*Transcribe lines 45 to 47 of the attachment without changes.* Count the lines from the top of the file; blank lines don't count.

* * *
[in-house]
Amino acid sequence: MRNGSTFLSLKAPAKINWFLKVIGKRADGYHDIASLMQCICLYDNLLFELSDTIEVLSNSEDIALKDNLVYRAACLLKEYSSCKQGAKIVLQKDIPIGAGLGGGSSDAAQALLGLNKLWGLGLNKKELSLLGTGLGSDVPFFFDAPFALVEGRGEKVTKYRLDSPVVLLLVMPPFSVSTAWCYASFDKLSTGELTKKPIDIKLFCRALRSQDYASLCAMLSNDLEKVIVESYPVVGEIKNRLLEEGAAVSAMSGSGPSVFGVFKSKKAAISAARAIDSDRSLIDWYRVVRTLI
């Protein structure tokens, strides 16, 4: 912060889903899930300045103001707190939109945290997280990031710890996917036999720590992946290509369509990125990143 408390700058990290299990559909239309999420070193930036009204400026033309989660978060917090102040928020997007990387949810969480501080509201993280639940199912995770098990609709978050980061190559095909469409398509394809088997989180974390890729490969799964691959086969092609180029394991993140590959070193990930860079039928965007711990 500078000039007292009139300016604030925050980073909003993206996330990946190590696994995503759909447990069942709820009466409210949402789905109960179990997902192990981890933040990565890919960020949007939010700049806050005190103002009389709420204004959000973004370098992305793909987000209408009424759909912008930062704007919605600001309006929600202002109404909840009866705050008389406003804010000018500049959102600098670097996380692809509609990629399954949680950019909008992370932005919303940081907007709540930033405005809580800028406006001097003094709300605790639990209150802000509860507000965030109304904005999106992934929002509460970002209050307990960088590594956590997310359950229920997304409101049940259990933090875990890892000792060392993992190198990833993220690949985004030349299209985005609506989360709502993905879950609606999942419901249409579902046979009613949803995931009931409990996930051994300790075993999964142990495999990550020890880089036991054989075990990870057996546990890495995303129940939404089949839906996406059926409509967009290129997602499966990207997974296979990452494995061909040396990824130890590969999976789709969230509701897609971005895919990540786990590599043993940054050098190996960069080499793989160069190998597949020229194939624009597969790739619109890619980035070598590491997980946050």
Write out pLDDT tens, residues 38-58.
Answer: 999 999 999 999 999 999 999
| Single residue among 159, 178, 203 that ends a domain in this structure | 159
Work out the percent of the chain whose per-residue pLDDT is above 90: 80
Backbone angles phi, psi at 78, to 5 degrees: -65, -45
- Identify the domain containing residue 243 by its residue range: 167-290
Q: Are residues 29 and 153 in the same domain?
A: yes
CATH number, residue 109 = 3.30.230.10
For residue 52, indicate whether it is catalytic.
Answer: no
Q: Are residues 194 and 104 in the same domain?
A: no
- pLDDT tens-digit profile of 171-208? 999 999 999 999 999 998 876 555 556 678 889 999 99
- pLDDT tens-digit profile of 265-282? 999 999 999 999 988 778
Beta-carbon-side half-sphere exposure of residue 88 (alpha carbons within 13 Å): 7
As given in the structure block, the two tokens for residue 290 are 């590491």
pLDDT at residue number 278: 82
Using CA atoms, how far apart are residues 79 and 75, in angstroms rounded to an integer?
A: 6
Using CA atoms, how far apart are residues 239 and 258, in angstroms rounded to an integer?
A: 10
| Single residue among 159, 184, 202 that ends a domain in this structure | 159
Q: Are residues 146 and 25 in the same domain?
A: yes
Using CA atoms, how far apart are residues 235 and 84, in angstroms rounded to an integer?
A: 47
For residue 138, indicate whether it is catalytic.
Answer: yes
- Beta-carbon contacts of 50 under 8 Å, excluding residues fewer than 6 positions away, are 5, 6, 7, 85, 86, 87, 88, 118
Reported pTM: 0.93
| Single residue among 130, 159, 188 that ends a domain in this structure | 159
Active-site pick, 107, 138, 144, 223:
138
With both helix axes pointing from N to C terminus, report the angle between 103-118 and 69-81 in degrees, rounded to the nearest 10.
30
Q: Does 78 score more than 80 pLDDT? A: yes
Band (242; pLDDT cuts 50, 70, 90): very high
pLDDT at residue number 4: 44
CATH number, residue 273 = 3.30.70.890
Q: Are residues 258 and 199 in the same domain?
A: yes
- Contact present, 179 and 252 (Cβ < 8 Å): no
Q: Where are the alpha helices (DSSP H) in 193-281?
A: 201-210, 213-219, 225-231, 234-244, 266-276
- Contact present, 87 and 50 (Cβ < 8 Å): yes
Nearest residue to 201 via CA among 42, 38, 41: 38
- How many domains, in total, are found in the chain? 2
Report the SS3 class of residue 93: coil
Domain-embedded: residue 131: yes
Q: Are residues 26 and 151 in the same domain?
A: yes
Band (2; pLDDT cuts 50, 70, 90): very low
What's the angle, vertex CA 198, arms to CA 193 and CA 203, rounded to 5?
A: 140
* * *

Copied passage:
A: yes
- Contact present, 179 and 252 (Cβ < 8 Å): no
Q: Where are the alpha helices (DSSP H) in 193-281?